The candle helped me remember you singing and dancing. During this entire year since your passing I took this singing and dancing business of yours firmly into heart! I remember that you danced in the living rooms of all the places you called home, anytime we moved to a new place amongst the first things you did was have the stereo set up and “probar el piso” (“test out the floor”) by dancing in the living room. That first dance turned the new place into home. So during your “Shloshim” and for the rest of the first mourning year for you, oft times with tears streaming down my face, I am not sure if they were tears of missing you or tears of happiness for the singing and dancing, I danced and sang. Sometimes with my children, sometimes with Jay, sometimes with friends, and sometimes in a huge crowd during a concert, but always with you, I danced and sang. I danced in the living room, I danced in the kitchen. Yes, of course, I remember that cooking and baking times always include time set aside for “singing and dancing something good into the food. Singing and dancing gives it love and you feel that when you eat the food!”
You loved life, music, singing and dancing…there was just no way I was going to spend a year away from all that…nope, not even because the Rabbis said so! I chose to completely disregard the rabbinic prohibition against singing and dancing during your year-long mourning period. I did this, because I could not endure the double burden of losing you accompanied by music-less silent grieving. I know what the Rabbis think about this decision of mine, ok fine, I understand their view. I just hope that “D-os en Su Santo Cielo!” (“G-d, in His Holy Sky!”) won’t be overly judgmental of my decision. I am sure that you didn’t mind and that you enjoyed all of the singing and dancing because you always took life in “a manos llenas” (“with two already full hands reaching out for more”). I am enough like you that by turns the singing and dancing brought me to a good comforting balance about your passing. Thank you for this. Thank you for teaching me to sing and dance it out!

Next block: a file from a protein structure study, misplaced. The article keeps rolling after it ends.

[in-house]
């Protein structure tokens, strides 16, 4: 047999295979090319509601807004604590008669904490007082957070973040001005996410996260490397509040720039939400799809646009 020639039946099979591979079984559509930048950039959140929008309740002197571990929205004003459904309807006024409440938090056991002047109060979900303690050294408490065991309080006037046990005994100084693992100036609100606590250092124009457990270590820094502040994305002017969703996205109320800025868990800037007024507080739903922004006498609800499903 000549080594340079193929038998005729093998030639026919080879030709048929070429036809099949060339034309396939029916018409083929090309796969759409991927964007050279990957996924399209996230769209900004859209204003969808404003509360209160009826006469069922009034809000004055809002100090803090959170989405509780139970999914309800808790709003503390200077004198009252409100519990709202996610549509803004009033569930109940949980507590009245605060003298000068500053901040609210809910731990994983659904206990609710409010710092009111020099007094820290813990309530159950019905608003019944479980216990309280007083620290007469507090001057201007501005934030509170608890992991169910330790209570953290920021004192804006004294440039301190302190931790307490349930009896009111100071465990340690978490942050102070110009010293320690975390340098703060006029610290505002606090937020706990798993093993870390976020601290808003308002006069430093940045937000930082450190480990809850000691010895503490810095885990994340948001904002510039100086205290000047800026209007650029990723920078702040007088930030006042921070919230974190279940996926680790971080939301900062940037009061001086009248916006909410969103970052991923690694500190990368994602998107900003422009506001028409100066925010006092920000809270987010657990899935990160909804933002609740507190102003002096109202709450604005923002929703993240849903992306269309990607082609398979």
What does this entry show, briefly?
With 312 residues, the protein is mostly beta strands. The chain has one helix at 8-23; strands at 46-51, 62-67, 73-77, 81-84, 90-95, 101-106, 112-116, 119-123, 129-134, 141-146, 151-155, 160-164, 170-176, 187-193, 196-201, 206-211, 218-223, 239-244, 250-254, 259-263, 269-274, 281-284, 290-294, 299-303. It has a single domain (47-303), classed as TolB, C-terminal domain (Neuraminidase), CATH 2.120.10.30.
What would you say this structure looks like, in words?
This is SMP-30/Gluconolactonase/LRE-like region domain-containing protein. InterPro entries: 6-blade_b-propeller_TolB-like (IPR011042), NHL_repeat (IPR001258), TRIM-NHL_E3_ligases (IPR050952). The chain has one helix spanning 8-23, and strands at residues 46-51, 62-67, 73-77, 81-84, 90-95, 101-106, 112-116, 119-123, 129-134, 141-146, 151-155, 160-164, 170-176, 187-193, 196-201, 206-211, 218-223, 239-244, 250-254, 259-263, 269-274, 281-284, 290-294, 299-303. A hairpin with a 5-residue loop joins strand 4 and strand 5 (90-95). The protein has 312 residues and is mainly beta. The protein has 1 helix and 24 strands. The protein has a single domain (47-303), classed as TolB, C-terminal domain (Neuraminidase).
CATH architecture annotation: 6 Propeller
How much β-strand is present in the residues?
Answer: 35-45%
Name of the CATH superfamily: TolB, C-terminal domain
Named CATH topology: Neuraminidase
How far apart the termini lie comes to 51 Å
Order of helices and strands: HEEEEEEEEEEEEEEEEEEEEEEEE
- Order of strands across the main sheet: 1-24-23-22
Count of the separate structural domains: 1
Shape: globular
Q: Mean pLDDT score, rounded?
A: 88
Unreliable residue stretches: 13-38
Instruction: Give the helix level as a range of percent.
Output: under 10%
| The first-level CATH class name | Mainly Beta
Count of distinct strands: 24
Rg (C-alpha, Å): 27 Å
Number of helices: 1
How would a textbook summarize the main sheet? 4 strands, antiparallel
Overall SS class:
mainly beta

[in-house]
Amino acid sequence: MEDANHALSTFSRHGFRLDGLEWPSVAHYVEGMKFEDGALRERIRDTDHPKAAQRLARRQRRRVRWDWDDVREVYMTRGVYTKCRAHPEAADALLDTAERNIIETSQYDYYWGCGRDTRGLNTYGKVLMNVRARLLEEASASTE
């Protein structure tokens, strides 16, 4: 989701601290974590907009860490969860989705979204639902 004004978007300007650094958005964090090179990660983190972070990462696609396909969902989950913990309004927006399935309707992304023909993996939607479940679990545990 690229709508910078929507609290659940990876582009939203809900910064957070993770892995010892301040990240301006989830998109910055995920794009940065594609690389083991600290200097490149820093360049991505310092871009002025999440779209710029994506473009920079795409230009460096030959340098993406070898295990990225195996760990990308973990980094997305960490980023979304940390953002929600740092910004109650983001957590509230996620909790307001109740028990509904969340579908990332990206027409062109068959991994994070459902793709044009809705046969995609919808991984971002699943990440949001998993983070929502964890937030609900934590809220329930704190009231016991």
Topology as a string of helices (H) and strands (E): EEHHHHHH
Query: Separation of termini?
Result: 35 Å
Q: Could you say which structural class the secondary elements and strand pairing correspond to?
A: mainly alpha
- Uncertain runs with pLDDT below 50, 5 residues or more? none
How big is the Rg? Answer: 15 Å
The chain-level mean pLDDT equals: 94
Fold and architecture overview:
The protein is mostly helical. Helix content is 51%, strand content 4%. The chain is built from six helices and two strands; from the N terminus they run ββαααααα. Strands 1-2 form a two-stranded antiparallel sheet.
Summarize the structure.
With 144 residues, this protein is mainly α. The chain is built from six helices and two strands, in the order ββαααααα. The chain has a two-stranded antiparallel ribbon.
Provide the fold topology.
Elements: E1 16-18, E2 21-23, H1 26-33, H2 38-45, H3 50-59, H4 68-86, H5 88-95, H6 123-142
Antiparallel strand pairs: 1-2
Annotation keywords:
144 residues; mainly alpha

Me-teeta, we are mortals, G-d’s creation, we do not chose the time or place of our death. G-d chooses. I think may-be you managed to get in cahoots with G-d and that chuckling in my general direction He choose your Hebrew date of death. You see, Me-teeta, your Hebrew Yahrzeit falls on Hay B’Iyar, that is Israeli Independence Day!! Israeli Independence Day is the beginning of our redemption, our greatest joy on earth, and now it is also your Hebrew Yahrzeit! I was over at friends and we watched the televised end of Memorial Day beginning of Independence Day program from Mount Herzl here in Jerusalem. As the Israeli flag was hoisted up to the top of the flag pole signaling the official beginning of Israeli Independence Day, your grand-daughter, my friends, Jay and I let out a series of very Israeli wild whooping cheers and march-danced around the living room to the strains of the Knesset (Israeli Parliament) Band and you were right there with us. In my mind’s eye, I saw you at your “90 lbs. fighting weight” at the top of ‘Strider’s’ mast as the boat peacefully glided along a moon beam in the middle of Lake Michigan, (Yes, of I course I remember that shimmy pole dance of yours on ‘Strider’s’ mast) and you were calling out: “Wepa! Soy libre como el viento!” (“Hooray! I am free like the wind!”). Indeed, Me-teeta, now you are free! “Salve Pa’Ti Me-teeta, Salve!”